In 2017 alone, California-based musical collective Brockhampton released a trilogy of albums titled “Saturation,” while other artists struggle to release things every two years or so. It does help, however, having a total of nine performers and producers working at once. In the era of streaming, where the most prolific artists like Drake and Charli XCX are thriving, Brockhampton offers a steady flow of stylish and cutting-edge hip-hop.
While “Saturation III” does not pull any experimental punches, Brockhampton’s new album challenges closely held traditions of music production through DIY techniques. One of the most exciting elements of Brockhampton’s new album is its lyrical density, which is all due to the varied styles and energies of the group’s numerous performers.
Kevin Abstract takes the baton of leadership and direction for most of the album, easing listeners into the album with a self-assurance and swagger that not all can muster. Abstract delivers some of the best verses, especially on the boisterous lead “BOOGIE”: “What are the rules for breakfast today? / What are the words I’m forbidden to say? / I need to let my hair down and grow out like a real ass bitch / A real ass bitch, bitch.”
Talking your shit (whether you have shit to talk of or not) has always been an essential technique in rap, and Brockhampton’s new album finds the boys manifesting their dreams and looking back on hard times. Abstract’s verse in “BOOGIE” is restrained, certainly, yet still marches forward with the confidence of hard-earned success. “JOHNNY” finds the crew passing this same energy back and forth effortlessly. Ameer Vann raps some of his finest here: “If you got a problem with me, try some other guy / I let you know I’m a dog, I ate the cat alive / But really though, I’m alone cause I don’t stick around / and Yes, I know it’s my fault, so put your finger down.”
Abstract keeps everyone on the move, closing spaces between the members, but it’s Vann who really finds space to shine on “Saturation III.” Vann spins the most convincing and complete stories, delving into real experiences with thoughtfulness. On “STAINS,” he reflects on a long distance relationship that fizzled and the ascent to success. Still, his victory feels hollow: “Mash the chip that’s still in my shoulder / Ain’t a day that I still been sober / These the things that I’m tripping over.”
In spite of its adherence to certain rap standards, Brockhampton’s new album is at odds with them in terms of sonic elements. The near-atonal noisiness of the sirens and horns on “BOOGIE” recalls the sounds of late ’80s, early ’90s hip hop; the dominant synth that vacillates between vacuum cleaner, alien drone and arcade game on “Sister/Nation” suggests something electronic and a little synthpoppy. The plaintive, reverberating guitar on the first half of “Team” is reminiscent of some indie rock outfits; none of it seems out of place. Brockhampton joins the ranks of artists like King Krule who push the edge of their genres, innovating with every release.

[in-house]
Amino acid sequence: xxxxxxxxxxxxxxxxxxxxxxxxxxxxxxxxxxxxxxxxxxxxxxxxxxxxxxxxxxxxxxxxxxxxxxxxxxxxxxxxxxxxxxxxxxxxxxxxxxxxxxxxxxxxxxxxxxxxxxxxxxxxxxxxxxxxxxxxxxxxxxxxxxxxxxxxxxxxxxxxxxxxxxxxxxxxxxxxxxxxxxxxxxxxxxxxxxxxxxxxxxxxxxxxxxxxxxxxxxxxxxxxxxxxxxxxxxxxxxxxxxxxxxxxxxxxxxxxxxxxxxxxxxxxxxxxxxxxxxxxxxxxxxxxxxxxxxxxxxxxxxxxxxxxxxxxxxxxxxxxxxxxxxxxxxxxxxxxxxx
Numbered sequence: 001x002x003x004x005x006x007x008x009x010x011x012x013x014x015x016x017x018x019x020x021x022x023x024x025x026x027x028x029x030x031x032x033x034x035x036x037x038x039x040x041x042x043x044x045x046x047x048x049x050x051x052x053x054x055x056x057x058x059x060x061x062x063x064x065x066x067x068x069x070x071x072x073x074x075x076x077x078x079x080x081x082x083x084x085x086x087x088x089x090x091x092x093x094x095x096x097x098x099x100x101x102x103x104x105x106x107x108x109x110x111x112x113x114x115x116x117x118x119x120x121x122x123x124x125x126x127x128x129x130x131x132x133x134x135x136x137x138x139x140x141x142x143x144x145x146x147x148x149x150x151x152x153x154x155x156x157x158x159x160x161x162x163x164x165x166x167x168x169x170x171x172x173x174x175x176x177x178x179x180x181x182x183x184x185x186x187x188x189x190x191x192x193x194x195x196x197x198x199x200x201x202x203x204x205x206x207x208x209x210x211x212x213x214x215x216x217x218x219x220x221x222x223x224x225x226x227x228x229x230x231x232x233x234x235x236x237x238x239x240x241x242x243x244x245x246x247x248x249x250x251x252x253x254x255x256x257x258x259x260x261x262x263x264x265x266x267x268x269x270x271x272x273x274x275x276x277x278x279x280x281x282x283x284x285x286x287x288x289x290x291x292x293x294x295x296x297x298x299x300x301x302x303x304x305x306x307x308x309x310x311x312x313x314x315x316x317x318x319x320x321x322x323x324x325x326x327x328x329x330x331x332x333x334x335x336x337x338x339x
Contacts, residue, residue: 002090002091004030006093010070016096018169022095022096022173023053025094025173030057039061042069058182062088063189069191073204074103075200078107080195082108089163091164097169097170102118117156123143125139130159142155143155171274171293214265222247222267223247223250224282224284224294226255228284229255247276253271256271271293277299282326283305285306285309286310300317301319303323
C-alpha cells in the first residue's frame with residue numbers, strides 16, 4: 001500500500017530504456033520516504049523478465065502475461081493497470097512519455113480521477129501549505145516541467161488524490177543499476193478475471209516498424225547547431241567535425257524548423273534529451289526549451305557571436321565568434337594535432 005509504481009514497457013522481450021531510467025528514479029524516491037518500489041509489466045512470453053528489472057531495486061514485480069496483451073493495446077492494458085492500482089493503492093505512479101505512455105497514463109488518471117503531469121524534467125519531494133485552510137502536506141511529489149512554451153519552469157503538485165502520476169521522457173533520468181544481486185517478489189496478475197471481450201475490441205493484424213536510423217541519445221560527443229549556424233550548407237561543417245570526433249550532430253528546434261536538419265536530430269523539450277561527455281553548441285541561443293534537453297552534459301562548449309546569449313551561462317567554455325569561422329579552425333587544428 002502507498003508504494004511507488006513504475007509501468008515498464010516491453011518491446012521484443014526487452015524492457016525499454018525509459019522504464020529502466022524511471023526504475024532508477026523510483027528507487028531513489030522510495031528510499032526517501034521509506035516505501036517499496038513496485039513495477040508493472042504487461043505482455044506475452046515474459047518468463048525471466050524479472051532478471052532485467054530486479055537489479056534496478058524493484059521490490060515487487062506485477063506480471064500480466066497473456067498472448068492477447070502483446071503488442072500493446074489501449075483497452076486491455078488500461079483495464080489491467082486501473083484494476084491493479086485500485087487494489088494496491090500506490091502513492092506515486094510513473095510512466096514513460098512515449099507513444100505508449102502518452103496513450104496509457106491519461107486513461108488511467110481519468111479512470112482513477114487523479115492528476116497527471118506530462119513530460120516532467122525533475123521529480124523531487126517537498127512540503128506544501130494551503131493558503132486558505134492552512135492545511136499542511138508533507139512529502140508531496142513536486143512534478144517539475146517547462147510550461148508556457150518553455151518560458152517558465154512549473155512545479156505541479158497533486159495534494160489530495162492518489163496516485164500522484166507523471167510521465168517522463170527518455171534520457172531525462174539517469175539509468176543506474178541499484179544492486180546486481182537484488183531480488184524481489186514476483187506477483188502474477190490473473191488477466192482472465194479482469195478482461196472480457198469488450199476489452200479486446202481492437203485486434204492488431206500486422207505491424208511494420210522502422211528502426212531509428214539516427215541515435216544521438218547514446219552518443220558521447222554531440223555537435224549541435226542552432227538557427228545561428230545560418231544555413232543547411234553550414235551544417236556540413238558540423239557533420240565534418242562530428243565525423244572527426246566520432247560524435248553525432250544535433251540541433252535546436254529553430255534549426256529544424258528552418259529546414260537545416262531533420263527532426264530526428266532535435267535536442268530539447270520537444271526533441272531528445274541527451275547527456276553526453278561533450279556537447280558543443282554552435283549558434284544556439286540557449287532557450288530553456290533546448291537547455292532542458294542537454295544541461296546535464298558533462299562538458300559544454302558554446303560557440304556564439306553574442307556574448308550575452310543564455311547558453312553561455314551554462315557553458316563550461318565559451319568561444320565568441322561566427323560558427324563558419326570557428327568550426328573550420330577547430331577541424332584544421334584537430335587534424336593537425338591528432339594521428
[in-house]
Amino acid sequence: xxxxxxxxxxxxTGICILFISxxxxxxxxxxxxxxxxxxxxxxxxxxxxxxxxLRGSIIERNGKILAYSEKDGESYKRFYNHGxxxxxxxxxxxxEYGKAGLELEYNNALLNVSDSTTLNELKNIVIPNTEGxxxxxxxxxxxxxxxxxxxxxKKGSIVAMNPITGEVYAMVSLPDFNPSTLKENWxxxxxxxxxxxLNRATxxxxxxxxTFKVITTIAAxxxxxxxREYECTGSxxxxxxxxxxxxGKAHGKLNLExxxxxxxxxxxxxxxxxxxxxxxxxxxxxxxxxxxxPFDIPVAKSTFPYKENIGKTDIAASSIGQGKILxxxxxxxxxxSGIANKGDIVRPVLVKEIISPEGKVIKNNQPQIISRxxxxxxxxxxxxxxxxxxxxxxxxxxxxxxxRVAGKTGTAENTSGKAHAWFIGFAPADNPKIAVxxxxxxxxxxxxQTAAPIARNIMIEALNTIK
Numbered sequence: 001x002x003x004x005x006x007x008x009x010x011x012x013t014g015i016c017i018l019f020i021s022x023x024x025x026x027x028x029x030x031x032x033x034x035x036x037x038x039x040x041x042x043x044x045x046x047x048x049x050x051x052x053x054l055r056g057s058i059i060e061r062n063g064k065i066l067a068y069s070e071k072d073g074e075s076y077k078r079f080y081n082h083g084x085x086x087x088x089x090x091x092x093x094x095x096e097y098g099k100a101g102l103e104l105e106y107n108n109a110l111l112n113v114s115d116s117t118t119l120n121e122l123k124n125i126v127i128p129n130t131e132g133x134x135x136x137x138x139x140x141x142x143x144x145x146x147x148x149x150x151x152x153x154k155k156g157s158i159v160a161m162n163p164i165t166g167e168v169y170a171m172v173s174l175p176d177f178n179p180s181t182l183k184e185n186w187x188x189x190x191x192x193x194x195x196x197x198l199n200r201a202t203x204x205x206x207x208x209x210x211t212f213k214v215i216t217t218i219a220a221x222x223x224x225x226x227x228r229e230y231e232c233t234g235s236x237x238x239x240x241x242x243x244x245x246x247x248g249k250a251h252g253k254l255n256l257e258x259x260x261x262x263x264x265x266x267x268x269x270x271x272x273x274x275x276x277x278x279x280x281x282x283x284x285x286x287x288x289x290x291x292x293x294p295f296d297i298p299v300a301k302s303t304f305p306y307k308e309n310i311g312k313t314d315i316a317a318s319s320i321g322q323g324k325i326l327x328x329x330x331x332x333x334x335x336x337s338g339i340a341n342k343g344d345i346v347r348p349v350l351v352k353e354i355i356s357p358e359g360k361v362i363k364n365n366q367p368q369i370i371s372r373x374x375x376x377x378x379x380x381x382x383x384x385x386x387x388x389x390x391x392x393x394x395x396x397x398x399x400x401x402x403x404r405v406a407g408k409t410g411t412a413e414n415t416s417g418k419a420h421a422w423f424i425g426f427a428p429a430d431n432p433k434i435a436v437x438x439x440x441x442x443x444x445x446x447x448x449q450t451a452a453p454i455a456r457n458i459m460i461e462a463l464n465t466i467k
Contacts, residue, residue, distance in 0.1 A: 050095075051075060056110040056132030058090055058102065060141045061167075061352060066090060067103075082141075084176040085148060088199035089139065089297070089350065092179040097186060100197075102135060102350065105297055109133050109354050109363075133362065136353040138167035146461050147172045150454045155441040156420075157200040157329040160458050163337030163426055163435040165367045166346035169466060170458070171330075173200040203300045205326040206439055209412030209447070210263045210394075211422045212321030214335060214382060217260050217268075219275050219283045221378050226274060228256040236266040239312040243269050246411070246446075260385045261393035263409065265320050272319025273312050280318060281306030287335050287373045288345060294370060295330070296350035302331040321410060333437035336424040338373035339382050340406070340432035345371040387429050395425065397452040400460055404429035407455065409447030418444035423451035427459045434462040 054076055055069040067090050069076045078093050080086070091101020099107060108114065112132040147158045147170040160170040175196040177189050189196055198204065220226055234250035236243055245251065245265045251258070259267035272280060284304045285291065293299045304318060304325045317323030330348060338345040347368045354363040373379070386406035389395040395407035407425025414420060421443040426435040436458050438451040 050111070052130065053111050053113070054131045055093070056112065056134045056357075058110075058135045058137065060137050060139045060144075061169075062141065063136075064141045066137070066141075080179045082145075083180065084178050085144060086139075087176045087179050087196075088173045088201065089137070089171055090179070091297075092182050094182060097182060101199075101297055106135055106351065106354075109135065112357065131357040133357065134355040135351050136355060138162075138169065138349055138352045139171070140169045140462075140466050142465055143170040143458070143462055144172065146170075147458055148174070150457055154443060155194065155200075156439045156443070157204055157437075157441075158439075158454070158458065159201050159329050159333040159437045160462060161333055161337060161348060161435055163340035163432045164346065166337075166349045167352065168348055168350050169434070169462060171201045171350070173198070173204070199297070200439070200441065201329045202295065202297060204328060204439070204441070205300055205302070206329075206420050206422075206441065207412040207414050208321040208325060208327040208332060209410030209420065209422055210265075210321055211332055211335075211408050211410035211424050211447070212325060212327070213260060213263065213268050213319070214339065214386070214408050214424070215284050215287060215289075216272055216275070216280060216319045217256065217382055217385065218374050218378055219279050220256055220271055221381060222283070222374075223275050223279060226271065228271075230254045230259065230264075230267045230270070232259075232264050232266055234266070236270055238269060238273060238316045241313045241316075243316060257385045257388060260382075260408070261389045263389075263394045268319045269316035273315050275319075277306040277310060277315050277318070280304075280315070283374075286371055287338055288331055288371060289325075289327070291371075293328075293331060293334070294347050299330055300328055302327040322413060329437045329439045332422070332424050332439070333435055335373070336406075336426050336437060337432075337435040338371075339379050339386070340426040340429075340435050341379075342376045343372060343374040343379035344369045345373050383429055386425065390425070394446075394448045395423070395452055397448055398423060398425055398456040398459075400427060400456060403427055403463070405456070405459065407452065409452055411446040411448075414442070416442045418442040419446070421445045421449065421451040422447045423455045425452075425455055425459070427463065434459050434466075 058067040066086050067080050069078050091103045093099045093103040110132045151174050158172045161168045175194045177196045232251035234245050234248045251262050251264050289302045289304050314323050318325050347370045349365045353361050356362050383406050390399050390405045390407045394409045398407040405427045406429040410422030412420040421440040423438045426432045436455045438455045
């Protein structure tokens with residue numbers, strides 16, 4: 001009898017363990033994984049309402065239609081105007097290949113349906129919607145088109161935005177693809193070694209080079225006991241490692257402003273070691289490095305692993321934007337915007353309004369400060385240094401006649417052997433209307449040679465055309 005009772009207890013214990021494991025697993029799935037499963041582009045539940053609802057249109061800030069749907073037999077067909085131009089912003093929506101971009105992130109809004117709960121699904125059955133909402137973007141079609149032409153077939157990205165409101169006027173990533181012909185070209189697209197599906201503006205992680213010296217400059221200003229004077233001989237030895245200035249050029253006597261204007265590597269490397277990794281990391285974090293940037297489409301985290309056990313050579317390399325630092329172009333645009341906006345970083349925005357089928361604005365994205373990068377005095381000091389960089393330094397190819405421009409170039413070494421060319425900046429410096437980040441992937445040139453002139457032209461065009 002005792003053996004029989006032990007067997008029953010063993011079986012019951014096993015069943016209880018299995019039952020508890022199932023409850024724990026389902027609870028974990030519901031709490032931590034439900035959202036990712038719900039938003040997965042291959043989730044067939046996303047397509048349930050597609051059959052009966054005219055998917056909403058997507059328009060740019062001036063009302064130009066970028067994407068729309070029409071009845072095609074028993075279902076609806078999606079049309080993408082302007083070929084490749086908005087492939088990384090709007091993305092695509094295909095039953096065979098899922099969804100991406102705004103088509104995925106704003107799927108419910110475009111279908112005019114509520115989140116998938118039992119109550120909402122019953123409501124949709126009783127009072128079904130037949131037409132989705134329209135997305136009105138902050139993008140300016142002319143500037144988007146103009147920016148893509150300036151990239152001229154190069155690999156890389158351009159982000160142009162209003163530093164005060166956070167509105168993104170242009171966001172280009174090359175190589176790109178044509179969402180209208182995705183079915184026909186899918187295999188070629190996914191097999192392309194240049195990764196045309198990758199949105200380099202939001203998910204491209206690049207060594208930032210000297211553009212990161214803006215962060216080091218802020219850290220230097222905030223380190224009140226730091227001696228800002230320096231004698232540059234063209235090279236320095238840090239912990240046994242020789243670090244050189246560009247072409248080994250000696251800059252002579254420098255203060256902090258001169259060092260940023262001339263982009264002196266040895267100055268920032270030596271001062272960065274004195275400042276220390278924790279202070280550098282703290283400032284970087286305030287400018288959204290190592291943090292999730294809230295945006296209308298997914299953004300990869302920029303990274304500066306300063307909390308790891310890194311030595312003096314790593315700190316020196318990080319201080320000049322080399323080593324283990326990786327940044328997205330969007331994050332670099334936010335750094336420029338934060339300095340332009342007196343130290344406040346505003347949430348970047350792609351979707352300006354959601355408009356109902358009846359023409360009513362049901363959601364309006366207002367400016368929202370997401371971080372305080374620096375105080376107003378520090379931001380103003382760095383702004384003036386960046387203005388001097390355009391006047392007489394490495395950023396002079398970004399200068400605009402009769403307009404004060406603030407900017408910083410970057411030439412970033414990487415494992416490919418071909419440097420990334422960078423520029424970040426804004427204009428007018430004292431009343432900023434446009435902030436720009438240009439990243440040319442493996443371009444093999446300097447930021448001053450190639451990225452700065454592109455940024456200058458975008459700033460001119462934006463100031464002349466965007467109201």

The most obvious deviation from form is Abstract’s clear and triumphant declarations of his sexuality. The world of rap has rarely been friendly toward the LGBT (with maybe the exception of CupcakKe), but young artists like the members of Brockhampton have helped change that. It’s downright cool to hear Abstract rap “and I like taller guys” as the de facto host of Brockhampton’s new album. Exploring the sexual tastes of a queer rapper? As a prominent figure on your group’s fourth release? After having and taking multiple opportunities to discuss it earlier? Yes, yes and yes. I’ll take all three.
Brockhampton breaks rank from classic rap in other ways, too. There are frequent references to pop boy band One Direction: “best boy band since One Direction” on “BOOGIE” and “Anybody got Harry Styles’ phone number? / Okay, I called him and they said I got the wrong number” on “JOHNNY.” The members of the group are masters at controlling their story. In an interview with W Magazine, group member Merlyn Wood said, “We’re a boy band because we say we’re a boy band.” I’d say that it’s almost punk to do so.
Apart from their marked growth as a collective, each member of Brockhampton has developed a sense of artistry independent from one another. On the more sedated tracks like “BLEACH” and “STAINS,” Matt Champion carves out a nice niche for himself, taking the lead or hitting the hardest. Joba, who rarely takes the full front, finds a nice spot for himself too as a supporting player (and occasionally leading), linking verses or providing a comfortable refrain to settle into.
Since there are so many compelling and varied performances on “Saturation III,” Brockhampton’s new album takes a few full listens to appreciate. Getting accustomed to four, five, even six unique performers on a three minute cut takes some adjustment, and when you factor in some dense production, tracks can seem overstimulating. It’s no excuse to stop listening, though. The near-maximalist approach, where more really is more, is in line with the ambition of the trilogy.
As the “Saturation” trilogy comes to an end, the direction of Brockhampton looks both positive and uncertain. They have proven themselves as an energetic group of performers that embody the far-flung dream that many high school rap fans have: to run away with your boys and make music. The fact that they’ve been successful is another matter entirely. It’s still too early to call whether or not Brockhampton will end up being a tidal pool for a solo career or two. If they release more as a collective, awesome, and if not, the completion of the Saturation trilogy seems to meet some of their long-term goals.
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